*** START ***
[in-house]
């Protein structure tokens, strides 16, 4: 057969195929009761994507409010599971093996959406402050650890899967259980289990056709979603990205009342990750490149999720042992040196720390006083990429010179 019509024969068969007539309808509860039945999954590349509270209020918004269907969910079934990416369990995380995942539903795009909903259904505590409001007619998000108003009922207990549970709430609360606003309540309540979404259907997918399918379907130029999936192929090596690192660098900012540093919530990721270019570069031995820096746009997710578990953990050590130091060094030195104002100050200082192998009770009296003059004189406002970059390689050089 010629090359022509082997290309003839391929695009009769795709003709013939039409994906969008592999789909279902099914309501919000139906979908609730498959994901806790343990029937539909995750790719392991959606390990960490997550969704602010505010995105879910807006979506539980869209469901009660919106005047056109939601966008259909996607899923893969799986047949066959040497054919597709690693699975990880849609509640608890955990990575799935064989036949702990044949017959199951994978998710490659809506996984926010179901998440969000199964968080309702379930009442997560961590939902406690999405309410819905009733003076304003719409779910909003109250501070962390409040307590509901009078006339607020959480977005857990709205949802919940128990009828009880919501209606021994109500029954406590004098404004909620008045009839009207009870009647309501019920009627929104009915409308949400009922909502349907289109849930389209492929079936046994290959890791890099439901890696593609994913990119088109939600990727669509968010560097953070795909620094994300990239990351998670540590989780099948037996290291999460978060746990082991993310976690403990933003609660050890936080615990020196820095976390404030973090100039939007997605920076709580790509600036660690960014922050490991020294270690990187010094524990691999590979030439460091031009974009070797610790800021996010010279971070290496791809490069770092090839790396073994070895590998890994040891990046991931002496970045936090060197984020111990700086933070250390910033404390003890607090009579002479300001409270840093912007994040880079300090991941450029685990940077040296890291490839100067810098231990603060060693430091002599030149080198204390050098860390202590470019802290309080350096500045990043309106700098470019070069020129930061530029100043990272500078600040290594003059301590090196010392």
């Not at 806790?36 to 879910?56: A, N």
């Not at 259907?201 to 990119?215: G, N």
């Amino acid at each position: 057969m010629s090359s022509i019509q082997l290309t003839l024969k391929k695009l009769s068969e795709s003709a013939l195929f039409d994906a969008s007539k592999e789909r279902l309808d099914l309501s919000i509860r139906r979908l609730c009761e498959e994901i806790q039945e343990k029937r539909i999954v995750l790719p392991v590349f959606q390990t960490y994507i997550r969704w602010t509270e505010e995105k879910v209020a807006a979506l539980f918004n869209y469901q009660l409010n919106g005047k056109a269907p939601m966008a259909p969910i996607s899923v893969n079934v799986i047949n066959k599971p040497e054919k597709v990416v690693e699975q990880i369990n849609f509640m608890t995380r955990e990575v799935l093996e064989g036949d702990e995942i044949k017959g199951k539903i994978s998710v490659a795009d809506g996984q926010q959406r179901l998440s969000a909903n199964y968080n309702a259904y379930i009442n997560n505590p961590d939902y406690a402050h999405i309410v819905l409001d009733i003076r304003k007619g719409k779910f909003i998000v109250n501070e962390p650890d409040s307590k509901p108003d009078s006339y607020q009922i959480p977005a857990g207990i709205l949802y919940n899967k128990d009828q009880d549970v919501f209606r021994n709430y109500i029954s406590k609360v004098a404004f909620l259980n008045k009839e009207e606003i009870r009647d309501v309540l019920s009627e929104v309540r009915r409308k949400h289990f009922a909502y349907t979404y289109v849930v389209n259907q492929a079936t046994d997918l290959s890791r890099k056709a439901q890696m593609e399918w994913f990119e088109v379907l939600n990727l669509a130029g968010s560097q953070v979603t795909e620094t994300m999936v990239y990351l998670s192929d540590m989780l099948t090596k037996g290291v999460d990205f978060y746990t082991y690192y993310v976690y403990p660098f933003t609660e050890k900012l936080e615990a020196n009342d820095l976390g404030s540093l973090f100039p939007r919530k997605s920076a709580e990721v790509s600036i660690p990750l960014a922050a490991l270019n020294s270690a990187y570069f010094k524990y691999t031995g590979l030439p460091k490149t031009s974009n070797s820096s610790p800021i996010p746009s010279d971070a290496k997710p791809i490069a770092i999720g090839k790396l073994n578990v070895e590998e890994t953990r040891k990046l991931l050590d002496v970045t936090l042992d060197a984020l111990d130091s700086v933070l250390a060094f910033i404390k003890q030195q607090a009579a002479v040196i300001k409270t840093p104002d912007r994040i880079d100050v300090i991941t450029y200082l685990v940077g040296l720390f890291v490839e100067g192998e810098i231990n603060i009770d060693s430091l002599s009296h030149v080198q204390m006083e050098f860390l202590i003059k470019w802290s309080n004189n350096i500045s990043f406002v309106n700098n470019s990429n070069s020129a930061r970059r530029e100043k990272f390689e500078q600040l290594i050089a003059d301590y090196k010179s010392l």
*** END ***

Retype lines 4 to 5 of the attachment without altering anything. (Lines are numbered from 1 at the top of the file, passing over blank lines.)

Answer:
């Not at 259907?201 to 990119?215: G, N």
């Amino acid at each position: 057969m010629s090359s022509i019509q082997l290309t003839l024969k391929k695009l009769s068969e795709s003709a013939l195929f039409d994906a969008s007539k592999e789909r279902l309808d099914l309501s919000i509860r139906r979908l609730c009761e498959e994901i806790q039945e343990k029937r539909i999954v995750l790719p392991v590349f959606q390990t960490y994507i997550r969704w602010t509270e505010e995105k879910v209020a807006a979506l539980f918004n869209y469901q009660l409010n919106g005047k056109a269907p939601m966008a259909p969910i996607s899923v893969n079934v799986i047949n066959k599971p040497e054919k597709v990416v690693e699975q990880i369990n849609f509640m608890t995380r955990e990575v799935l093996e064989g036949d702990e995942i044949k017959g199951k539903i994978s998710v490659a795009d809506g996984q926010q959406r179901l998440s969000a909903n199964y968080n309702a259904y379930i009442n997560n505590p961590d939902y406690a402050h999405i309410v819905l409001d009733i003076r304003k007619g719409k779910f909003i998000v109250n501070e962390p650890d409040s307590k509901p108003d009078s006339y607020q009922i959480p977005a857990g207990i709205l949802y919940n899967k128990d009828q009880d549970v919501f209606r021994n709430y109500i029954s406590k609360v004098a404004f909620l259980n008045k009839e009207e606003i009870r009647d309501v309540l019920s009627e929104v309540r009915r409308k949400h289990f009922a909502y349907t979404y289109v849930v389209n259907q492929a079936t046994d997918l290959s890791r890099k056709a439901q890696m593609e399918w994913f990119e088109v379907l939600n990727l669509a130029g968010s560097q953070v979603t795909e620094t994300m999936v990239y990351l998670s192929d540590m989780l099948t090596k037996g290291v999460d990205f978060y746990t082991y690192y993310v976690y403990p660098f933003t609660e050890k900012l936080e615990a020196n009342d820095l976390g404030s540093l973090f100039p939007r919530k997605s920076a709580e990721v790509s600036i660690p990750l960014a922050a490991l270019n020294s270690a990187y570069f010094k524990y691999t031995g590979l030439p460091k490149t031009s974009n070797s820096s610790p800021i996010p746009s010279d971070a290496k997710p791809i490069a770092i999720g090839k790396l073994n578990v070895e590998e890994t953990r040891k990046l991931l050590d002496v970045t936090l042992d060197a984020l111990d130091s700086v933070l250390a060094f910033i404390k003890q030195q607090a009579a002479v040196i300001k409270t840093p104002d912007r994040i880079d100050v300090i991941t450029y200082l685990v940077g040296l720390f890291v490839e100067g192998e810098i231990n603060i009770d060693s430091l002599s009296h030149v080198q204390m006083e050098f860390l202590i003059k470019w802290s309080n004189n350096i500045s990043f406002v309106n700098n470019s990429n070069s020129a930061r970059r530029e100043k990272f390689e500078q600040l290594i050089a003059d301590y090196k010179s010392l």